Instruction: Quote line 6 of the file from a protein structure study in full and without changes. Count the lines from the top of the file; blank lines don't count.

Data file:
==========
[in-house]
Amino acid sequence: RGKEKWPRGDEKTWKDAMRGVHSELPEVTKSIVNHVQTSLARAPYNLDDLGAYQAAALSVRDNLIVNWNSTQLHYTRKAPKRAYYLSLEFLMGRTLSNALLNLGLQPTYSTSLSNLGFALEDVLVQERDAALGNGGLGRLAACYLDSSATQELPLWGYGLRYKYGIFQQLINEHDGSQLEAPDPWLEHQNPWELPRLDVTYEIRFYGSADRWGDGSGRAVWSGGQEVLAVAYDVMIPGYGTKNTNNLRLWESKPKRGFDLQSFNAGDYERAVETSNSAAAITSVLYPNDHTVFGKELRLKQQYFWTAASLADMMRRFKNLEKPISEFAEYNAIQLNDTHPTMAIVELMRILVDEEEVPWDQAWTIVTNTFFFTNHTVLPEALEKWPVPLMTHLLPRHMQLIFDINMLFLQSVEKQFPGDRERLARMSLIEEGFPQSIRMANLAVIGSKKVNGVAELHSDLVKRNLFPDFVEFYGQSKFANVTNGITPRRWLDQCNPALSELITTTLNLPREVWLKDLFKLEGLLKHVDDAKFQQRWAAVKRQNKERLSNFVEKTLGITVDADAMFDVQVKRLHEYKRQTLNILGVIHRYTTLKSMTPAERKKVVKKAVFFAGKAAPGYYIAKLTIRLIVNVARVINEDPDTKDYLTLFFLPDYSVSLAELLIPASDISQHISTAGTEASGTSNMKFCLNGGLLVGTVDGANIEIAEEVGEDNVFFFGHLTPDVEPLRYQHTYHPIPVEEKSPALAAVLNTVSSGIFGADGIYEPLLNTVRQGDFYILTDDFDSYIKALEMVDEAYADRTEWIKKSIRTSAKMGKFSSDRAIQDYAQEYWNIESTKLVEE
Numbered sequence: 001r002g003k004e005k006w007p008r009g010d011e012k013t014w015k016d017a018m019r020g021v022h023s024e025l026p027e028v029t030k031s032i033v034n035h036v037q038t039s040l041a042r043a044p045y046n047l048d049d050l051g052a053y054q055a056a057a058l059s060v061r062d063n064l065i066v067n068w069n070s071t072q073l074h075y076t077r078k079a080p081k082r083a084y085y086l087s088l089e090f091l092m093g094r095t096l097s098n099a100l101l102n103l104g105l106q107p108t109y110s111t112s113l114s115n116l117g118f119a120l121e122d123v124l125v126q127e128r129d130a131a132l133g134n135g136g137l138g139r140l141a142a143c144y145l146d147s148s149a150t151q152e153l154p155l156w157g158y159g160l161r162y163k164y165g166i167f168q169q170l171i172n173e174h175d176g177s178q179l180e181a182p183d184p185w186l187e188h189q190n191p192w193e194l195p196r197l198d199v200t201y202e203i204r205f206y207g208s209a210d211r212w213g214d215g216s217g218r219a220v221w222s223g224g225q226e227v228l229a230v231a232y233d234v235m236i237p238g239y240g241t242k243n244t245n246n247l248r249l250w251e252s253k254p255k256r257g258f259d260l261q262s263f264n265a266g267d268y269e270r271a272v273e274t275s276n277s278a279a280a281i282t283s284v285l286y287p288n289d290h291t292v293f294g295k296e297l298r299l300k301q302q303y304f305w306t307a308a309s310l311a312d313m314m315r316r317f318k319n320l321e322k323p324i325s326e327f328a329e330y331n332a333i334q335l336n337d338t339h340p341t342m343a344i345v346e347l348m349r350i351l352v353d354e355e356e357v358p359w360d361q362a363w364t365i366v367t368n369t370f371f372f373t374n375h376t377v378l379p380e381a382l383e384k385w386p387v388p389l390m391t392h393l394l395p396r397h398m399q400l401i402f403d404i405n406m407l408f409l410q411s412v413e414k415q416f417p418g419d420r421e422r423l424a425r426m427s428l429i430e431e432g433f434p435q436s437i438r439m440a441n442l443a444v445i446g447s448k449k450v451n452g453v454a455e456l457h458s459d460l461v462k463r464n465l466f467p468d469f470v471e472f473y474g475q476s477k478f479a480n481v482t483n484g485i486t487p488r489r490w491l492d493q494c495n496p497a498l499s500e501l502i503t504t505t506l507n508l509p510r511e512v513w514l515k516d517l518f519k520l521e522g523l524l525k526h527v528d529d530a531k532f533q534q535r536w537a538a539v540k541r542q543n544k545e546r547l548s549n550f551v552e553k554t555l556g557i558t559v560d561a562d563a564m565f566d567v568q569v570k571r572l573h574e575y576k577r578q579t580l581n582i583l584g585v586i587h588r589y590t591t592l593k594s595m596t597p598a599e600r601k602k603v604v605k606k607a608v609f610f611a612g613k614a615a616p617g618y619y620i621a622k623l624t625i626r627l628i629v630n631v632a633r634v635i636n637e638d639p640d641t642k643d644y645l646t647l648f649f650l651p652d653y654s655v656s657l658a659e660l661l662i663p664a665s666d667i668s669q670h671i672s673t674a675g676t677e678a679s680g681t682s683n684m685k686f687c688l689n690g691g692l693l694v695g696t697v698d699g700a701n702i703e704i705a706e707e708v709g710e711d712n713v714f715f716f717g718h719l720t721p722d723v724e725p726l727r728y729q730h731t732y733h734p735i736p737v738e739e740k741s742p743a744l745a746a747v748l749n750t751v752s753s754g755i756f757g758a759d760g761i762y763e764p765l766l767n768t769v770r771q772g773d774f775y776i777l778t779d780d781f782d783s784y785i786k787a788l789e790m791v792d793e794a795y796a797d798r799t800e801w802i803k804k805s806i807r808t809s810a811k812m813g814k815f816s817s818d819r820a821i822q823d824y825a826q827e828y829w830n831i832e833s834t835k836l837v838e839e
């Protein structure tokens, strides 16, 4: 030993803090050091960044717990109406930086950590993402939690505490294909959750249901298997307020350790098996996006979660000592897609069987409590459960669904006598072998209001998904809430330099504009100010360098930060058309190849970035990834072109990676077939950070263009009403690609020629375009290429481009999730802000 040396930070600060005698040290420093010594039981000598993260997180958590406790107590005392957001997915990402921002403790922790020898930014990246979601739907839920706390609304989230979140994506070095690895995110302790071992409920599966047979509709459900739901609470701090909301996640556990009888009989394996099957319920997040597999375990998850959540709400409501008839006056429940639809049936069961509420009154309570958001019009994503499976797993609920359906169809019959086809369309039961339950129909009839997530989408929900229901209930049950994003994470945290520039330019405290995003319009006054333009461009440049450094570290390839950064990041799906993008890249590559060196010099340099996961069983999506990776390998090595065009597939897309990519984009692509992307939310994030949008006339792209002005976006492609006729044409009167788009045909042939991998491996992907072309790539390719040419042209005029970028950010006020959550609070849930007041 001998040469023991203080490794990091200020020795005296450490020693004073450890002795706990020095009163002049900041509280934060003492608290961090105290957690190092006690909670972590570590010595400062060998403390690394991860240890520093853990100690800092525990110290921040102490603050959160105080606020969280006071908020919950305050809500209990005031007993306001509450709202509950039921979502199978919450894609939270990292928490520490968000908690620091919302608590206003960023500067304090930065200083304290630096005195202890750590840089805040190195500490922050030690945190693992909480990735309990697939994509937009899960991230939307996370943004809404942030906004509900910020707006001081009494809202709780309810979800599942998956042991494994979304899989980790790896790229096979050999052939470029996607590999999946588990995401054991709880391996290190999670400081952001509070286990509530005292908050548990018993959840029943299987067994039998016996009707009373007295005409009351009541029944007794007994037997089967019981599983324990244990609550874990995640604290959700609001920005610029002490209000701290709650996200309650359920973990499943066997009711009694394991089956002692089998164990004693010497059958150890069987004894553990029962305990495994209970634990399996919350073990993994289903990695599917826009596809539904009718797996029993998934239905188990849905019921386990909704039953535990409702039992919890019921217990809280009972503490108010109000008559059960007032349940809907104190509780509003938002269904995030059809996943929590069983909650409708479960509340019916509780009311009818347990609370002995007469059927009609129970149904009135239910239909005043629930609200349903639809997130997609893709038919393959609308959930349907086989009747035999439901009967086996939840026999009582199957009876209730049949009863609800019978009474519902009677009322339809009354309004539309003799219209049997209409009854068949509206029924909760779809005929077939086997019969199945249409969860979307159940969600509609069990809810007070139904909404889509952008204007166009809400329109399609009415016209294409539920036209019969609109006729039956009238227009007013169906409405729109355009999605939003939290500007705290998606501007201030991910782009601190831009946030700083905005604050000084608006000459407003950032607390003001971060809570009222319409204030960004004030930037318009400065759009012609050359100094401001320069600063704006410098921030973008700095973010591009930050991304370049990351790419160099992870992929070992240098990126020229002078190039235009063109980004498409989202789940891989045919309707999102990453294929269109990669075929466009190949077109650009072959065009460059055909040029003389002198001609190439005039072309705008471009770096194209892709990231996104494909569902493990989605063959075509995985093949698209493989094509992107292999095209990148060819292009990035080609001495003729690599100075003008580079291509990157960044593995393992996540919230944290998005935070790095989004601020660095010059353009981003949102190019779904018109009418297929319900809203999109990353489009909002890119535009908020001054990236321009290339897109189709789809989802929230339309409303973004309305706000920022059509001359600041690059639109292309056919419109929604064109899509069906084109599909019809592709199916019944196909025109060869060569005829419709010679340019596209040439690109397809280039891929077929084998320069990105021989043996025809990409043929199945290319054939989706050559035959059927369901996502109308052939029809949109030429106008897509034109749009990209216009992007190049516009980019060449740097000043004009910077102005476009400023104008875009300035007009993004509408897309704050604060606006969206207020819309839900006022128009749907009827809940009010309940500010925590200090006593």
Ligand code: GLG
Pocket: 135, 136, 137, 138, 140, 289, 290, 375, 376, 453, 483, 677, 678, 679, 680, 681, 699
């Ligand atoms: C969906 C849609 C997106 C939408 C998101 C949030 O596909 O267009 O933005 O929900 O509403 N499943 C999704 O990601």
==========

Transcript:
Pocket: 135, 136, 137, 138, 140, 289, 290, 375, 376, 453, 483, 677, 678, 679, 680, 681, 699